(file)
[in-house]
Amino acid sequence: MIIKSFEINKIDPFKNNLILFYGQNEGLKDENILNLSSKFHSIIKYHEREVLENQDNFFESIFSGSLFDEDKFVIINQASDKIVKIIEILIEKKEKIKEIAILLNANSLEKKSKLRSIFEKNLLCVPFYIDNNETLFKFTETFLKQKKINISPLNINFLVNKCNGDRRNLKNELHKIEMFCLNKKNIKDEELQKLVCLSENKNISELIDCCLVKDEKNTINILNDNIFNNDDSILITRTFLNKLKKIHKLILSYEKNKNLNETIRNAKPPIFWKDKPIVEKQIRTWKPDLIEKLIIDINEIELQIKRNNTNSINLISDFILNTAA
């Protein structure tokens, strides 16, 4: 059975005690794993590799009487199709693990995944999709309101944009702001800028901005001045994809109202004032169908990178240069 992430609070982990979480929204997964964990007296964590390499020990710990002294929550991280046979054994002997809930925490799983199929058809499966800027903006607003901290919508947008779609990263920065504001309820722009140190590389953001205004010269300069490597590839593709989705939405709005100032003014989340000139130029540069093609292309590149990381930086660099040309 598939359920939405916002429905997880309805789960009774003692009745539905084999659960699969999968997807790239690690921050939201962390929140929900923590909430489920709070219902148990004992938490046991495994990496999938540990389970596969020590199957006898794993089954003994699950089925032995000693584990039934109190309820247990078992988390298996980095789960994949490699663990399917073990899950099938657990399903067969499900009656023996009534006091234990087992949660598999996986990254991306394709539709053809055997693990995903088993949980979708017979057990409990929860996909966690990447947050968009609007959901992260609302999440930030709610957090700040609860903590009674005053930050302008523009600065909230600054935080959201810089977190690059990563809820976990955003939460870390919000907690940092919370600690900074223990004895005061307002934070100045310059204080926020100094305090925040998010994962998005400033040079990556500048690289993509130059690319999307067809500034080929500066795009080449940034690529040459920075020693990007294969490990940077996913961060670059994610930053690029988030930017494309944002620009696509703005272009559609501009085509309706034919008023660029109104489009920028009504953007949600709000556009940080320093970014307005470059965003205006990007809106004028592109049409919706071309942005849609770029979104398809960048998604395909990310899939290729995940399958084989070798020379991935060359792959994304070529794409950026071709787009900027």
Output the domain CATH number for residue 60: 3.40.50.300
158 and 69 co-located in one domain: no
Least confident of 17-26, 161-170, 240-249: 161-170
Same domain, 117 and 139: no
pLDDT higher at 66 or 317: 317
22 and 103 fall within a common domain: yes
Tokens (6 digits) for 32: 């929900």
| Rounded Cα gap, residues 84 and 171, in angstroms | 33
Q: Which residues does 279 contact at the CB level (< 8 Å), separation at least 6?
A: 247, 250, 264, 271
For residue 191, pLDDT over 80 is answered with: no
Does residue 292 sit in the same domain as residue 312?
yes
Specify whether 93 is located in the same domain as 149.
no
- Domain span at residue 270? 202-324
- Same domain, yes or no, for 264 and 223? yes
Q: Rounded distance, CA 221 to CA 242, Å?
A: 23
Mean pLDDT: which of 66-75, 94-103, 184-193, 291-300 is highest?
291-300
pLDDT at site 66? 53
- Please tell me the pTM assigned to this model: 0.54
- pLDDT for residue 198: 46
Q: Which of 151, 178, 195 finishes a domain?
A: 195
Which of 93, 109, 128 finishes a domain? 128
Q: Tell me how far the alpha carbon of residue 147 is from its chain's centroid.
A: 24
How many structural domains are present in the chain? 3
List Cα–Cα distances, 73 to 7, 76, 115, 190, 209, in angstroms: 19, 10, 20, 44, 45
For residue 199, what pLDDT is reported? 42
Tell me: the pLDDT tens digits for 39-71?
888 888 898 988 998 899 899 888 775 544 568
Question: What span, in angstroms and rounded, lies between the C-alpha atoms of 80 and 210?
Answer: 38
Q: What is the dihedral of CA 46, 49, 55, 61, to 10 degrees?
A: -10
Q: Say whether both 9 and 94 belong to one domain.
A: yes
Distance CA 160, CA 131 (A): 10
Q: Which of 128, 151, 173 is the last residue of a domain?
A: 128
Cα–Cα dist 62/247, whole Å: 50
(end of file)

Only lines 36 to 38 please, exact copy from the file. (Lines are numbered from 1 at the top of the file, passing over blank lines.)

Tell me: the pLDDT tens digits for 39-71?
888 888 898 988 998 899 899 888 775 544 568
Question: What span, in angstroms and rounded, lies between the C-alpha atoms of 80 and 210?